Under Georgia law, a plaintiff in a medical negligence case must prove the following:  (1) the existence of a legal duty arising from the doctor-patient relationship; (2) a failure to exercise the requisite skill and care, resulting in a breach of that duty; and (3) an injury caused, directly and proximately, by that failure to exercise requisite skill and care. Zwiren v. Thompson, 578 S.E.2d 862, 864 (Ga. 2003). There is a rebuttable presumption that medical care is performed in an ordinary manner, Cope v. Evans, 765 S.E.2d 40, 41 (Ga. Ct. App. 2014), and the law requires, therefore, that a plaintiff in a medical negligence action submit evidence from medical experts establishing the defendant’s failure to provide the requisite skill and care, Zwiren, 578 S.E.2d at 865.

In this case, NaphCARE argued that it was entitled to summary judgment because the plaintiff neither provided expert testimony in opposition to the motion for summary judgment nor even identified the expert upon whose testimony she would rely to establish the lack of requisite skill. The plaintiff, however, argued that this requirement to provide expert testimony was met by the expert affidavit attached to her complaint.

Although this affidavit satisfied the plaintiff’s burden at the pleading stage, the court noted that it was insufficient to satisfy the plaintiff’s burden to withstand summary judgment. Indeed, the plaintiff did not identify the physician who prepared the affidavit as an expert who would ultimately provide trial testimony in her initial disclosure, and in interrogatory responses to the defendant, she stated that she “has not yet made any election as to what expert or experts, if any, she intends to use at any hearing or the trial of the case.” Since the plaintiff did not provide notice that the physician who prepared the expert affidavit intended to provide expert testimony at trial, the affidavit was insufficient to show a genuine issue of material fact as to the defendant’s lack of requisite skill at trial. Alternatively, the plaintiff argued that she identified a different physician in informal correspondence with the defendant. However, the plaintiff did not provide any testimony from this physician attesting to the defendant’s failure to exercise the requisite care. Accordingly, since the record was bereft of evidence indicating the defendant’s failure to exercise the requisite skill and care, the court found that the defendant was entitled to summary judgment on the medical negligence claim.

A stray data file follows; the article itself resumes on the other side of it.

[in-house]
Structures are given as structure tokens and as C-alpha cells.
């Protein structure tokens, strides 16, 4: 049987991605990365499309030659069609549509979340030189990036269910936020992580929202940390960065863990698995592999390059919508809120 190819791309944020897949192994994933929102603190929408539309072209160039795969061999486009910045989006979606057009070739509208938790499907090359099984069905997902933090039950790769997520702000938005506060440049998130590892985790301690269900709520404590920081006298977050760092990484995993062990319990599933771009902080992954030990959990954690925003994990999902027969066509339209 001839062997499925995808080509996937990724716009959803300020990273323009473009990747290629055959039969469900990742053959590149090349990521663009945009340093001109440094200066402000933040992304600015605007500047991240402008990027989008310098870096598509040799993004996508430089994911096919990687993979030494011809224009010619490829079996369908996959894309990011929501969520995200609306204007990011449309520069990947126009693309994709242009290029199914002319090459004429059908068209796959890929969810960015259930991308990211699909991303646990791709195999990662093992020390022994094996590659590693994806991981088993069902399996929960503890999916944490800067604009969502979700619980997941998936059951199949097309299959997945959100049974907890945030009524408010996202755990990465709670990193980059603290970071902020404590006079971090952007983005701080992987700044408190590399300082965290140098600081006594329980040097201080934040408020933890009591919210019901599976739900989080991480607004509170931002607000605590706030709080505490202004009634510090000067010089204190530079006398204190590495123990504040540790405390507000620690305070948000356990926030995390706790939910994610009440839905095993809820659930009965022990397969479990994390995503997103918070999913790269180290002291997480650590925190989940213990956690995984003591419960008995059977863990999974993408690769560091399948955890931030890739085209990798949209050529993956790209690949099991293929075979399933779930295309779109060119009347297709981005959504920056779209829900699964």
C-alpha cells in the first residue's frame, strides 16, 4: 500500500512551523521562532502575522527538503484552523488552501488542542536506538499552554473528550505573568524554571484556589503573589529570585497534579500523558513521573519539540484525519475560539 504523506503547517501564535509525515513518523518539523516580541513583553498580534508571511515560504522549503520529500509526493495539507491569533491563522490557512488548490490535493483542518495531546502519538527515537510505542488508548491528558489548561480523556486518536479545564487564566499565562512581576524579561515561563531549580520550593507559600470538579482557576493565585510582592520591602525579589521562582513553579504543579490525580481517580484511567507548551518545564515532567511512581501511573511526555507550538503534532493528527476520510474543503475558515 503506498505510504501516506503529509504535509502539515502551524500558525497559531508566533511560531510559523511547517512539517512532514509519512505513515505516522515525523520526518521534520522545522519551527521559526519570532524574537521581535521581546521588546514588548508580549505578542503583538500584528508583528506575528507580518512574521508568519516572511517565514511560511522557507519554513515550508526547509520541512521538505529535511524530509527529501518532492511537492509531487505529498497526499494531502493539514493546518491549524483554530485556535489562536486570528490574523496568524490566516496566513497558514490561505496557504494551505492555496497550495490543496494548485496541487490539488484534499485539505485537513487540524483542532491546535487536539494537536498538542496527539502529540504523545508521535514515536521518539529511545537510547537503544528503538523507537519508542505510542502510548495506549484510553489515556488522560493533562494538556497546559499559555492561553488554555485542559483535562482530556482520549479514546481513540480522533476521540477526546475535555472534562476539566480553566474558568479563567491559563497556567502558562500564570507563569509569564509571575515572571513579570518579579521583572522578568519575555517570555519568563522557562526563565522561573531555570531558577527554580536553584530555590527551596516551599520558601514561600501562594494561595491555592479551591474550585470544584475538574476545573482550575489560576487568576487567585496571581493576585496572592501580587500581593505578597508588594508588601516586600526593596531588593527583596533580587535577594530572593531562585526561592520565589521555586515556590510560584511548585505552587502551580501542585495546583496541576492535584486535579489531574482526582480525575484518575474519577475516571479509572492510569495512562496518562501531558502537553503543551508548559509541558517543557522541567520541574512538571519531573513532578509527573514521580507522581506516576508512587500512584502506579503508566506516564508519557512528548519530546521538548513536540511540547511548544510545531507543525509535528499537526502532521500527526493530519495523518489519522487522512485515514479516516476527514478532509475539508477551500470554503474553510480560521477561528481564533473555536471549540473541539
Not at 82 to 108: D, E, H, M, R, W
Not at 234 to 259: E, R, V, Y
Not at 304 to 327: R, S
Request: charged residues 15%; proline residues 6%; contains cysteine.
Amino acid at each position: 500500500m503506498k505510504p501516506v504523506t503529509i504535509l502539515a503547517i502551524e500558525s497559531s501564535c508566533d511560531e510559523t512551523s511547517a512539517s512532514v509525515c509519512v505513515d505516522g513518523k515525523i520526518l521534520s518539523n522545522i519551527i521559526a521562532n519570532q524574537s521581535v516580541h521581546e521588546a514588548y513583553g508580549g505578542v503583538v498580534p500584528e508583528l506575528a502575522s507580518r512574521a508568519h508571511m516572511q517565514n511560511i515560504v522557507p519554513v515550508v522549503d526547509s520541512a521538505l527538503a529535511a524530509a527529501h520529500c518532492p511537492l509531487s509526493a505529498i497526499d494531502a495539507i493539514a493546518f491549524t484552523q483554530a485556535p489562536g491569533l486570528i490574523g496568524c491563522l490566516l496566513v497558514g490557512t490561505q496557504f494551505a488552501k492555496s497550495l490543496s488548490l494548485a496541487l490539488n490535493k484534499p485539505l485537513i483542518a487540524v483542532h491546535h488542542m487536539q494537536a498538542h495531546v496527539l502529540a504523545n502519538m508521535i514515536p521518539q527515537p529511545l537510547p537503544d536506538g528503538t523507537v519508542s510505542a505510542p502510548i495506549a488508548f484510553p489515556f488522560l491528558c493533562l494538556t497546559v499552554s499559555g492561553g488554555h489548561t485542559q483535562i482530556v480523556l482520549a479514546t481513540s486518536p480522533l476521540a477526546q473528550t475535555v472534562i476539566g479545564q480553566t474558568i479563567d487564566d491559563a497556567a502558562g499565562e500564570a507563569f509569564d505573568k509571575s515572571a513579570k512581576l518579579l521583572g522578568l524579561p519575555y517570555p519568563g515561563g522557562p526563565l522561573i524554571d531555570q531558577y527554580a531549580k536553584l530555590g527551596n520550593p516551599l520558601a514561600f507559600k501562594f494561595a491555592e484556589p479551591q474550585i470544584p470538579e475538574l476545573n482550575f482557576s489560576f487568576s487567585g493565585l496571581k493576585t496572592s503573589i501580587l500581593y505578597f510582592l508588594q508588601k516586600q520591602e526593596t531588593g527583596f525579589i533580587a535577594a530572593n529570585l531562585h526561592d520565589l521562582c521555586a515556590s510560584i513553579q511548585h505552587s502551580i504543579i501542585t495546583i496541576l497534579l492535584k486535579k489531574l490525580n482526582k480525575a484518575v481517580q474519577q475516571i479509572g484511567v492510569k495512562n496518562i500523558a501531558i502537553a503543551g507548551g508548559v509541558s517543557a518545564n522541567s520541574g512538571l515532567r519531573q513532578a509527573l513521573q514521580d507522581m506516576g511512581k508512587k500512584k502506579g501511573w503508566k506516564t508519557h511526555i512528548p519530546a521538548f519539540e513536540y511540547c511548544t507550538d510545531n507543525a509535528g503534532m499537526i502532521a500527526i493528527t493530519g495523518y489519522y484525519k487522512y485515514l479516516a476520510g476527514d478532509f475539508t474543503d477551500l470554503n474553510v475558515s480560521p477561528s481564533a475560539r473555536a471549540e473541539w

Notwithstanding the severity of the loss at the heart of this case, a severe injury does not absolve a plaintiff of meeting her burden of proof. Indeed, anyone with a viable claim must be prepared to propound all the evidence necessary to establish liability, and those with a potential claim should consider finding experienced counsel to aid them in this task. The Atlanta wrongful death attorneys at Christopher Simon Attorney at Law are experienced in Georgia medical malpractice law and are prepared to help those who may have a viable claim. If you’ve recently been harmed in a possible case of medical negligence and are curious about your legal options, feel free to contact us to schedule a free case evaluation.